Melanocytes are cells responsible for producing melanin, which are microscopic granules occurring in the hair, skin, and iris of the eyes. The size, shape and arrangement of melanin granules are responsible for the colour of the cat’s coat. Cats have two types of melanin, black-based eumelanin and orange-based pheomelanin. Eumelanin are spherical and absorb almost all light, which gives black pigmentation, pheomelanin granules are elongated and produce the red coat colour.

The black gene has three alleles which control the density of eumelanin in the hair shaft.

  • B produces black fur and is dominant
  • b reduces melanin density to a chocolate colour
  • b1 which further reduces melanin density to a medium brown (cinnamon)

Red based colours have two alleles which are located on the X chromosome.

  • O produces red fur
  • o (non-orange) produces black fur


Dilute classic tabby munchkin cat

Dilute classic tabby munchkin cat[/caption]

Dilute coat colours are a recessive trait which dilutes coat colours by causing uneven distribution of pigment in the hair shaft

  • Black dilutes to blue (grey)
  • Chocolate dilutes to lilac
  • Cinnamon dilutes to fawn
  • Orange dilutes to cream

Dilute modifier (DM)

A secondary type of dilution known as dilute modifier can also occur, which causes the coat to take on a brownish cast. The dilute modifier only affects dilute colours and has no effect on dense colours.

  • Blue becomes caramel
  • Chocolate becomes taupe
  • Cream becomes apricot

White spotting gene

Brown tabby and white cat

Some tabby coats have some white fur, usually on the paws, belly, chest, throat and sometimes face. This white fur is caused by the white spotting gene (S). Genetically, the cat is tabby, but the white spotting gene masks the colouration on certain parts of the body.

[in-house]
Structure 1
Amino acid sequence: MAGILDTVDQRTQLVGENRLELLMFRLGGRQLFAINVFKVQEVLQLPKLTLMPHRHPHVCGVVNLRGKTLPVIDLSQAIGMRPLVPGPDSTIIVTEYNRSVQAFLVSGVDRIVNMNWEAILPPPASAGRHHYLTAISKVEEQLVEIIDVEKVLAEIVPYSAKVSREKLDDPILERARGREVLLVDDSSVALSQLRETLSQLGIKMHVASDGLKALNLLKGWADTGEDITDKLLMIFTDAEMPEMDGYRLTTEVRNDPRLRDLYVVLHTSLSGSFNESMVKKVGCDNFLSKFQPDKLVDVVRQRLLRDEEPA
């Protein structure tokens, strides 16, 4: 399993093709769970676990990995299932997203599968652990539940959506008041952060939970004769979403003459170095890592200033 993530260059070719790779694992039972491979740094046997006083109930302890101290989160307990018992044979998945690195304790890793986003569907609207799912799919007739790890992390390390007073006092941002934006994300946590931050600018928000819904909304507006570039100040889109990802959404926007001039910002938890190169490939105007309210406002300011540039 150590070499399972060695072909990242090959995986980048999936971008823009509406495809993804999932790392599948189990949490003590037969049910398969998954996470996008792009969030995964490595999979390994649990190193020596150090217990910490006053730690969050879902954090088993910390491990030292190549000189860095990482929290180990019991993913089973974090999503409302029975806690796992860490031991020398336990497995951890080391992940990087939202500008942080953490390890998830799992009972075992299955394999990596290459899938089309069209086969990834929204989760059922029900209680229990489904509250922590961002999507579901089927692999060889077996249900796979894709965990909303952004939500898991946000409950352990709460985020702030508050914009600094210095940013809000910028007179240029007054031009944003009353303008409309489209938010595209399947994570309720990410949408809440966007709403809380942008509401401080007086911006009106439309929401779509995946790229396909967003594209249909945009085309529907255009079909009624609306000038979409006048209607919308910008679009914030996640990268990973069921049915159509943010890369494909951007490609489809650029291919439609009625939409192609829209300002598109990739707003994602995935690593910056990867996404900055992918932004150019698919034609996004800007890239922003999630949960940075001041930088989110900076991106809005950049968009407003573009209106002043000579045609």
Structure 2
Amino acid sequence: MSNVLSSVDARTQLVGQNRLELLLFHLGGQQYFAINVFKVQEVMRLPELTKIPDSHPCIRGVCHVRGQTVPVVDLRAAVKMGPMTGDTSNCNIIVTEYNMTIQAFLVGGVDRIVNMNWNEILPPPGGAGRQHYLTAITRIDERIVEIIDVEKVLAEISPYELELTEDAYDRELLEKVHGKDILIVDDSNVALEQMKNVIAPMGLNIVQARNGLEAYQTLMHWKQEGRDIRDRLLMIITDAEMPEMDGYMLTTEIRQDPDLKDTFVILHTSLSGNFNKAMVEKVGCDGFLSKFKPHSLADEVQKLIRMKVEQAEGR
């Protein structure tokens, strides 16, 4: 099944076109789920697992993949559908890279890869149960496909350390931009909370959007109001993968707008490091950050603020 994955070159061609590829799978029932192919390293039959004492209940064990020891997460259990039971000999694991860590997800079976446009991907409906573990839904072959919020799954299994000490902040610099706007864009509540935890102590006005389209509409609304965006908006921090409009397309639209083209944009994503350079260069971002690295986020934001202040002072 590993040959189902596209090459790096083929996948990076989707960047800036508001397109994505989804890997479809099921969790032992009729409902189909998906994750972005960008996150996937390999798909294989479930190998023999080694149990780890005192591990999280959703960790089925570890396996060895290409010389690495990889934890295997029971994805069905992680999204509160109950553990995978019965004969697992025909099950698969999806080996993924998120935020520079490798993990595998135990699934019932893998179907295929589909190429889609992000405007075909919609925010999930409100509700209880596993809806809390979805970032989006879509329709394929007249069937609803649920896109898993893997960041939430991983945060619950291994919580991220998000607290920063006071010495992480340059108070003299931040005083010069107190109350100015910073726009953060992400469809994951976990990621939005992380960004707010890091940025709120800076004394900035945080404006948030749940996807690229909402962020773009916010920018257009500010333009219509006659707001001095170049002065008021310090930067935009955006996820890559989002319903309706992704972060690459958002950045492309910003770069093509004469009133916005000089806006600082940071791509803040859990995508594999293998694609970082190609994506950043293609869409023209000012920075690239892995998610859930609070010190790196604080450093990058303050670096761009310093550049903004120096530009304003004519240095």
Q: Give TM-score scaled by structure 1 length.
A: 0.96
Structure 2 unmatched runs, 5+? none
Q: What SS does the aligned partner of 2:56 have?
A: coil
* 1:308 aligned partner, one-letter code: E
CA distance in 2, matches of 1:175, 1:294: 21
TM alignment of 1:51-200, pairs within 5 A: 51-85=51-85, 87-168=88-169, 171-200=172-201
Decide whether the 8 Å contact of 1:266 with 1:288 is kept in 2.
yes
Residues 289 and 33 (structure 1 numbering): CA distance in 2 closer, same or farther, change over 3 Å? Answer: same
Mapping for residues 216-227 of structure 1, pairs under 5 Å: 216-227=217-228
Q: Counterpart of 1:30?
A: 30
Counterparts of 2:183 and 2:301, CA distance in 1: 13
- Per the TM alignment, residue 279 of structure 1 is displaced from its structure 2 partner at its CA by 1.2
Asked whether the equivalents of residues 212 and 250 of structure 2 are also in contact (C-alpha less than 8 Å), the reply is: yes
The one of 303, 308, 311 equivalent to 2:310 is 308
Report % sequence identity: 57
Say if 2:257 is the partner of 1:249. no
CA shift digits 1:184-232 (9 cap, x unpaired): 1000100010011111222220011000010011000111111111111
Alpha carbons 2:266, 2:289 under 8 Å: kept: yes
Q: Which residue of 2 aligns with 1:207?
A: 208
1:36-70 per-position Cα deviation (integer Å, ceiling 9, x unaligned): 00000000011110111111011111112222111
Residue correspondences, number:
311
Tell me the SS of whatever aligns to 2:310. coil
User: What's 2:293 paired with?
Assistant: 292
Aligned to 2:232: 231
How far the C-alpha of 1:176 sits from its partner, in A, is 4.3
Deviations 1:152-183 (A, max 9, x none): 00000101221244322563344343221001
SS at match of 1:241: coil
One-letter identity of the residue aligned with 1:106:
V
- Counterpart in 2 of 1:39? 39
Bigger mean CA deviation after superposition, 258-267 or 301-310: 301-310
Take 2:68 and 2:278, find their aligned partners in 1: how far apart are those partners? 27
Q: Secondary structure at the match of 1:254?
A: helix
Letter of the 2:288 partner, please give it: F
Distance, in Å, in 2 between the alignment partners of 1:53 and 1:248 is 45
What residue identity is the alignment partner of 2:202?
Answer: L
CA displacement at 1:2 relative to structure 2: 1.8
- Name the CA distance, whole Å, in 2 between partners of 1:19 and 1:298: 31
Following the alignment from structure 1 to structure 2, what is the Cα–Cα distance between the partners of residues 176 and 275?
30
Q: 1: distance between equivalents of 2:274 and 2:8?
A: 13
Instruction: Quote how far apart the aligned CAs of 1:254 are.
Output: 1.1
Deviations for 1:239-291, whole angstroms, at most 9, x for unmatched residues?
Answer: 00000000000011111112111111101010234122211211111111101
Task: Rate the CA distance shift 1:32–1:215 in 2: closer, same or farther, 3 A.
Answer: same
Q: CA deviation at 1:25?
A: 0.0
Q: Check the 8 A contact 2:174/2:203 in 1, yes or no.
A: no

Tabby patterns

Mackerel tabby

Mackerel tabby

Also known as striped, the mackerel tabby pattern is the dominant wild-type which consists of well-defined, evenly spaced thin vertical stripes on the sides of the body which extend from the shoulder to the tail, and a paler ground colour.

Spotted tabby

Spotted tabby cat

The spotted coat is a variant of the mackerel tabby however a modifier gene breaks the characteristic mackerel stripes up into spots.

Classic tabby

Silver classic tabby

Also known as blotched or marbled, the classic tabby coat pattern consists of dark whorls on a lighter background. The ideal classic tabby will have a bullseye or oyster mark on each flank. The classic tabby is recessive to the mackerel tabby.

When viewed from above, the shoulders of a classic tabby have the appearance of a butterfly, and the classic is sometimes referred to as a butterfly tabby.

Oyster mark on classic tabby


Silver classic tabby

Ticked tabby

Ticked tabby cat

Also known as Abyssinian tabby, the ticked tabby has a gene which hides the tabby striping, leaving only the underlying agouti colouration. There is little to no striping on the body, but some faint fine barring may be present on the face, legs and tail, this may be more apparent if the cat is heterozygous, meaning its genetic makeup is Ta/Tm or Ta/tb

Tabby M

M marking on a tabby cat

All tabby cats, regardless of pattern or colour, have a characteristic M on their forehead and most will have additional lines around the eyes. The ticked Singapura has cheetah lines, which extend down the face from the inner corner of the eyes.


What cat breeds can have the tabby coat pattern?

  • Abyssinian
  • American bobtail
  • American curl
  • American shorthair
  • American wirehair
  • Australian mist
  • Bengal
  • British shorthair
  • Cornish Rex
  • Devon Rex
  • Egyptian Mau
  • Exotic
  • Maine coon
  • Munchkin
  • Ocicat
  • Oriental
  • Persian
  • Scottish fold
  • Scottish shorthair
  • Siamese (lynx point)
  • Singapura
  • Somali
  • Toyger


Do tabby cats have striped skin?

Tabby cats do not have striped skin, interestingly, tigers do.